Biosynthesis and Cellular Functions of Tartaric Acid in Grapevines.

Tartaric acid (TA) is an obscure end point to the catabolism of ascorbic acid (Asc). Here, it is proposed as a "specialized primary metabolite", originating from carbohydrate metabolism but with restricted distribution within the plant kingdom and lack of known function in primary metabolic pathways. Grapes fall into the list of high TA-accumulators, with biosynthesis occurring in both leaf and berry. Very little is known of the TA biosynthetic pathway enzymes in any plant species, although recently some progress has been made in this space. New technologies in grapevine research such as the development of global co-expression network analysis tools and genome-wide association studies, should enable more rapid progress. There is also a lack of information regarding roles for this organic acid in plant metabolism. Therefore this review aims to briefly summarize current knowledge about the key intermediates and enzymes of TA biosynthesis in grapes and the regulation of its precursor, ascorbate, followed by speculative discussion around the potential roles of TA based on current knowledge of Asc metabolism, TA biosynthetic enzymes and other aspects of fruit metabolism.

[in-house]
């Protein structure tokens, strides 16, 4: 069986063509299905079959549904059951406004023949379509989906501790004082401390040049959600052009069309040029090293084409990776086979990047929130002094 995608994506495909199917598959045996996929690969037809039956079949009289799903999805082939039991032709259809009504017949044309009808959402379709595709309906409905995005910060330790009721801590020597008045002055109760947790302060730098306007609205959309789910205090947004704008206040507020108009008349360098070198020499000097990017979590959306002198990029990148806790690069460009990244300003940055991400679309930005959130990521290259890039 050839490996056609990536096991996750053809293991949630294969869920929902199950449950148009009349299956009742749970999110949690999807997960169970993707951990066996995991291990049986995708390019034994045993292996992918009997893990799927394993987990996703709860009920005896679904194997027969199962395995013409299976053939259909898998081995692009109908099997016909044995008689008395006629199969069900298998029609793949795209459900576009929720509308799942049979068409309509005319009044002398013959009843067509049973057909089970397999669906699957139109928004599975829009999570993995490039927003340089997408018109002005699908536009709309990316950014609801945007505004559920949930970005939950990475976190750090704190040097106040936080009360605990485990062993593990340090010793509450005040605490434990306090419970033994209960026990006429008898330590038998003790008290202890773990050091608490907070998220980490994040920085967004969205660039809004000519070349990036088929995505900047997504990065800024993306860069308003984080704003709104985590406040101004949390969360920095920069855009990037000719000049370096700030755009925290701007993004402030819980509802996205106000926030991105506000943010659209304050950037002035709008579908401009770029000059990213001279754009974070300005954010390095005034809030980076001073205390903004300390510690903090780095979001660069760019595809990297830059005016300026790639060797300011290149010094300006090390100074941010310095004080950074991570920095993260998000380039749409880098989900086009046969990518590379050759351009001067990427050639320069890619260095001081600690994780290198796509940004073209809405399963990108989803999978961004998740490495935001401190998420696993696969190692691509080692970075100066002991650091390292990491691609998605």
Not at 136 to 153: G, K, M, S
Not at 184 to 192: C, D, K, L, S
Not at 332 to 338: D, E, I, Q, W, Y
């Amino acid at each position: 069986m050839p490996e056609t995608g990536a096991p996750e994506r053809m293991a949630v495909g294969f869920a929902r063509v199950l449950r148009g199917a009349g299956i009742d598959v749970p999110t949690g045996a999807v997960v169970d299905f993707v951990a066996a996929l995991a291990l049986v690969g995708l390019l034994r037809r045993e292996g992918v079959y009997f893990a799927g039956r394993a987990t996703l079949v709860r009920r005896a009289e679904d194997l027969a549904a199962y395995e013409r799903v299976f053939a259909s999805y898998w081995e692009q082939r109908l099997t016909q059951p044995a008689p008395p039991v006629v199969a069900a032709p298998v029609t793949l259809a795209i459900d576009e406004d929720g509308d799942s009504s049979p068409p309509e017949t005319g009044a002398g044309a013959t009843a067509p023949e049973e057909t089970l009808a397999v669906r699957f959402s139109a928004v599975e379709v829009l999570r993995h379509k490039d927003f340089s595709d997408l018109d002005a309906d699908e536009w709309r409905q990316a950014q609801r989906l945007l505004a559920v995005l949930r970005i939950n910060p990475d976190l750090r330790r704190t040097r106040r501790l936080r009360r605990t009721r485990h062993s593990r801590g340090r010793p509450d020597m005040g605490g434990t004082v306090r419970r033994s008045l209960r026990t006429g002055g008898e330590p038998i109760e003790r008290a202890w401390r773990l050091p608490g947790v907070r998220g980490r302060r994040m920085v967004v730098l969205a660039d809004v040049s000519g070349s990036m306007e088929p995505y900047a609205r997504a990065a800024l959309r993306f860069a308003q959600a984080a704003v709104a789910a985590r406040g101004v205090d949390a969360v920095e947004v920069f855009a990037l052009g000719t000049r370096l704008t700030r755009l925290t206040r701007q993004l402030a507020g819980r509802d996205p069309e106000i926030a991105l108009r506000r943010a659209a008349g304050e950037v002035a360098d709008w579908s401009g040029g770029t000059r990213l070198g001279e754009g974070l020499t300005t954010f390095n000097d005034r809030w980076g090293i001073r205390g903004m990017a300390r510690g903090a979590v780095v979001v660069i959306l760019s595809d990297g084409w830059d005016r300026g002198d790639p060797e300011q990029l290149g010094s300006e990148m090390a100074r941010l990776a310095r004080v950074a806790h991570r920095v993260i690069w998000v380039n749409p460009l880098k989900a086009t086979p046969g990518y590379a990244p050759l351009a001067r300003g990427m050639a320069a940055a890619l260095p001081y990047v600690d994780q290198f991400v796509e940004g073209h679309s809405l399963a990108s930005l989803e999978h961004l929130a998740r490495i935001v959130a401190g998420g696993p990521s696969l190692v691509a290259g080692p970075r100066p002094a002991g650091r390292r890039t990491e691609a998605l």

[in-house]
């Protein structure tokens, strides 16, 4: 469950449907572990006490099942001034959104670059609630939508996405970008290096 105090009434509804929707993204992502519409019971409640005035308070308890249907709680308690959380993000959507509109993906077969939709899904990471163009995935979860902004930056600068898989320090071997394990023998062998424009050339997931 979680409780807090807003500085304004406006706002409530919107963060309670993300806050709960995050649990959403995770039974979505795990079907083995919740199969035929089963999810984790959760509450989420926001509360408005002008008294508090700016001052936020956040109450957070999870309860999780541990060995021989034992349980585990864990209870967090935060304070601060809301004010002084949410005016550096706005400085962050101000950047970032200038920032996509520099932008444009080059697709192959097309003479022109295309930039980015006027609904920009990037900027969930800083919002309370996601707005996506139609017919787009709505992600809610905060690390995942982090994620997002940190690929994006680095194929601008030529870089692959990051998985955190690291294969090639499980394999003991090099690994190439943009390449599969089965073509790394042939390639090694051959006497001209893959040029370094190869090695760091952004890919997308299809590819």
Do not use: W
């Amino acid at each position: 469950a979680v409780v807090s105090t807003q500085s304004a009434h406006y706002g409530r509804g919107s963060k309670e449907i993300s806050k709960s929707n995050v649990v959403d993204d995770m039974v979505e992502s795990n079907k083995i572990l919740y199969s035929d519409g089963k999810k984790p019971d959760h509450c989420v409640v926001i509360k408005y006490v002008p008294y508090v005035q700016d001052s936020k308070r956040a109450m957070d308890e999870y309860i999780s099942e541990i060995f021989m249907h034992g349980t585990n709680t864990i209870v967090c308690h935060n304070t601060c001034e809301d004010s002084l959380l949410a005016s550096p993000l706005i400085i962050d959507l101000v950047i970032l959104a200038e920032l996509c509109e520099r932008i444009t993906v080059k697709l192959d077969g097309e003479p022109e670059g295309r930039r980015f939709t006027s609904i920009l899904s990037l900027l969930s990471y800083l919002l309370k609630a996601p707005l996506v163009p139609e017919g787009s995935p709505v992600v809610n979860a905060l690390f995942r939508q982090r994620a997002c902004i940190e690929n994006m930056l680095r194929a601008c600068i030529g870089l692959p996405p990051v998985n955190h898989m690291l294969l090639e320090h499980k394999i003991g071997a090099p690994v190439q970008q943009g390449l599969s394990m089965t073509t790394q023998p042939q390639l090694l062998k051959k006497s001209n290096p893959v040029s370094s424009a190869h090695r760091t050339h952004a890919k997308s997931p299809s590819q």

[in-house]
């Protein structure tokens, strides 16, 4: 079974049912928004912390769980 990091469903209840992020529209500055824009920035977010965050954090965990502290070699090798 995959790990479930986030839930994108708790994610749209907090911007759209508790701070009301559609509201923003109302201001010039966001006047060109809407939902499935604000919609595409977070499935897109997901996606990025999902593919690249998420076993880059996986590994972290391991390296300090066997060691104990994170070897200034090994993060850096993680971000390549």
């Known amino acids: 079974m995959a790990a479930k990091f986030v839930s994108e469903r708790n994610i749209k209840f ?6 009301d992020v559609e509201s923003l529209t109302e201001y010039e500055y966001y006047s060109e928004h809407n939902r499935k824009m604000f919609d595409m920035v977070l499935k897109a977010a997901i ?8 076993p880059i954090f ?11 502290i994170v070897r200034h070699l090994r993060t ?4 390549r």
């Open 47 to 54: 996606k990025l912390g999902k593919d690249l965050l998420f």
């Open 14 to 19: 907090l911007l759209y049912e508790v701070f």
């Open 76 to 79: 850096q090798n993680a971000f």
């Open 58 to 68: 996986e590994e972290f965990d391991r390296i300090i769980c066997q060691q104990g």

Burbidge, C. A., Ford, C. M., Melino, V. J., Wong, D. C. J., Jia, Y., Jenkins, C. L. D., … Sweetman, C. (2021). Biosynthesis and Cellular Functions of Tartaric Acid in Grapevines. Frontiers in Plant Science, 12. doi:10.3389/fpls.2021.643024

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